Every time I read an article where someone suggests rummaging through grocery store dumpsters for shriveled produce to save money on groceries, I cringe. That’s because you don’t have to lower yourself to dumpster diving to shrink your grocery bill.
Here’s how I get by on $20-40 a week in groceries. You can too, if you’re strategic and willing to read grocery store circulars, use coupons wisely, and shop at more than one store.
1. Constantly compare prices
Did you know that one grocery store might charge twice the amount you’d pay for the same item at a different store? At a grocery store near my home, I can get a cantaloupe for around $3. At discount grocer Aldi, I can get the same brand, usually on sale for $1. Other produce and dairy items cost around half of what I’d pay elsewhere.
Here’s another reason to pay attention. Most stores offer “sales” where you buy one and get one free or for half price. Sometimes, though, the regular price cited is much higher than the actual usual price. So, pay attention so you don’t get duped.
2. See the big picture
Don’t shop for one meal. Instead, plan a few meals that use the same meat, produce and grains. For example, with one $7 bag of frozen chicken breasts from a discount grocer, I can thaw out one piece at a time for a quick pan-seared dinner, make simple slow cooker dishes, whip up some chicken salad or bake a casserole.
3. Stock up on Super Bowl Sunday
If you like pizza, this is the day to get the best deals ever on frozen pizza. I bought several tasty pizzas for .99 each one year. You’ll also find discounts on chips, dips and chili fixings any time there’s a big game.
4. Don’t focus only on food
Sometimes, I browse a few additional aisles just for the heck of it. That’s how I learned that I was paying $12 for a drug store brand of over-the-counter allergy pills when I could buy the same product in a grocery store brand for $5. Other pharmacy items you may find cheaper at the grocery store: vitamins and supplements; cold medicine; throat lozenges; pain relievers; lotion.
5. Study grocery circulars
Instead of tossing those weekly grocery ads you get in the mail, sit down and read them. Last week, a nearby store offered several items priced at “10 for $10, including yogurt, sour cream, lettuce, celery, carrots, lunch meat, bread, frozen sausages and two-liter bottles of brand-name sodas.”
I stocked up on sausage, froze the bread to thaw as needed, and threw together some salads with the lettuce, carrots and celery. I passed on the majority of discounted items. The key is buying only things that you might have bought anyway and never buying something just because it’s on sale.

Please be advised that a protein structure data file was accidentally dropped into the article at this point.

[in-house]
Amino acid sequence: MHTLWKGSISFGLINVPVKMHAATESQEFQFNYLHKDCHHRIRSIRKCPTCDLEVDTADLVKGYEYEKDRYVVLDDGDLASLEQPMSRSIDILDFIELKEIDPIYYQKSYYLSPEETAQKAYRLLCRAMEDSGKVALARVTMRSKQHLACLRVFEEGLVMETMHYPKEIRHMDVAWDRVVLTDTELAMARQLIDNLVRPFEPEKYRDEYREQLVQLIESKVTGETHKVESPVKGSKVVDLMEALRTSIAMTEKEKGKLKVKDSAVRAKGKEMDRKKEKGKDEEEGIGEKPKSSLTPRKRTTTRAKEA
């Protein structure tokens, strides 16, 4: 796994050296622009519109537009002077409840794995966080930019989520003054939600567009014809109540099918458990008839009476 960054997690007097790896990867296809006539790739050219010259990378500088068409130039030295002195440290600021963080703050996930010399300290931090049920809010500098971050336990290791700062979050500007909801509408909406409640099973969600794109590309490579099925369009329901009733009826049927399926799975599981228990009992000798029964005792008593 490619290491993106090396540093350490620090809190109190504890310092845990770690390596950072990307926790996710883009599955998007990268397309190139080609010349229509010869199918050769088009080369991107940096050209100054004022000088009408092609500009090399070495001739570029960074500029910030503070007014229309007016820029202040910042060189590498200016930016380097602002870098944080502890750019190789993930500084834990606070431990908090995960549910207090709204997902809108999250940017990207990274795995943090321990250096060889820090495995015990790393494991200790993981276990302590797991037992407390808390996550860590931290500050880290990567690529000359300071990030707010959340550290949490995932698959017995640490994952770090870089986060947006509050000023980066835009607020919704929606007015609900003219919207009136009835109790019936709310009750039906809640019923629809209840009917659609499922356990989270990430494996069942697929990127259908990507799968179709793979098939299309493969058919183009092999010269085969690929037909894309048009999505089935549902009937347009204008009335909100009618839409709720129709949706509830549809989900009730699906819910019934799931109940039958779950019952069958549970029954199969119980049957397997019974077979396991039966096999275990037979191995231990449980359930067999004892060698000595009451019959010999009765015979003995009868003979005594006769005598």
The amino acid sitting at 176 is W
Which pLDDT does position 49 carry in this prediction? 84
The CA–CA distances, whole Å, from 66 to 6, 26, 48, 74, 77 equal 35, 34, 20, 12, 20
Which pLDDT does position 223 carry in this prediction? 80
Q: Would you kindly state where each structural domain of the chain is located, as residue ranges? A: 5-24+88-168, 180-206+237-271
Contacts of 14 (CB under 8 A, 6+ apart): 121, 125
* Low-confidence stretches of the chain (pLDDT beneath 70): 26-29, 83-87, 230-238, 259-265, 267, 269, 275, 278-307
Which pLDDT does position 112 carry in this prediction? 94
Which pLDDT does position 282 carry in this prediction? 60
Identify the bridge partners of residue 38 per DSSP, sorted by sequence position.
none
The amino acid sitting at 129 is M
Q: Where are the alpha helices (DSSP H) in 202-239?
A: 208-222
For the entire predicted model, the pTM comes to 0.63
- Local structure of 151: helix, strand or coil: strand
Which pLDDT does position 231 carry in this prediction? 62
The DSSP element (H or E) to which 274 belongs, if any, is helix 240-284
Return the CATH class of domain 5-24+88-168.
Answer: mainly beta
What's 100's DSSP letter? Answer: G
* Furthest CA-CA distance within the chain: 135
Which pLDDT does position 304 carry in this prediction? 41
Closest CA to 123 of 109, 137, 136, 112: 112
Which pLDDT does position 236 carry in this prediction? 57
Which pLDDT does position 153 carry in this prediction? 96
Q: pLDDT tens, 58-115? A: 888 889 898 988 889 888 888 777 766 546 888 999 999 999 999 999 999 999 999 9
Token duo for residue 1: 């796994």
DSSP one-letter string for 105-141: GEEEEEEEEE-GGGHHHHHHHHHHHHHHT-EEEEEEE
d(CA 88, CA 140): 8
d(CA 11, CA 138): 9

6. Clip coupons selectively. It’s tempting to go crazy, clipping coupons for every good deal. Don’t do that. Just clip coupons for stuff that you’ll actually use. Then wait for those items to go on sale so you save even more.
Tip: If you hang out on Sunday mornings at a coffee shop, you’ll always be able to nab coupons from customers’ discarded Sunday papers.
7. Shop at more than one place
At one store, I’ll limit myself to sale items and a few other things on my list, trying to stay under $20. Then I hit the discount grocer for staples like butter, milk, cereal, produce and frozen chicken. Occasionally, I set aside $10 to $15 to treat myself at Trader Joe’s, where I can get a frozen lasagna and a couple of salads for under $15. This way, I still get a few luxury items so I don’t feel deprived.
8. Check out anything marked “clearance”
Keep an eye out for end caps and grocery carts filled with clearance items. I’ve scored boxes of Triscuits crackers and cans of name-brand soup for $1 each, deeply discounted hand soap and bottles of pricey beer for a buck apiece.
9. Set a limit and pay cash
Plan several meals, make a list and decide an amount that you won’t go over for that week’s groceries. Leave your credit card at home, since spending is more painful when you actually have to hand over cash.
The point of all this is that you don’t need to completely deprive yourself to save money. Instead, you can use the money left over in your budget for other things like paying down debt or going out to dinner or a movie, activities you otherwise couldn’t afford.
So, after you shop, figure out how much you saved on groceries and stash that amount in a coffee can to save for something fun or put toward paying down debt. Your little reserve fund will motivate you to save even more next time.
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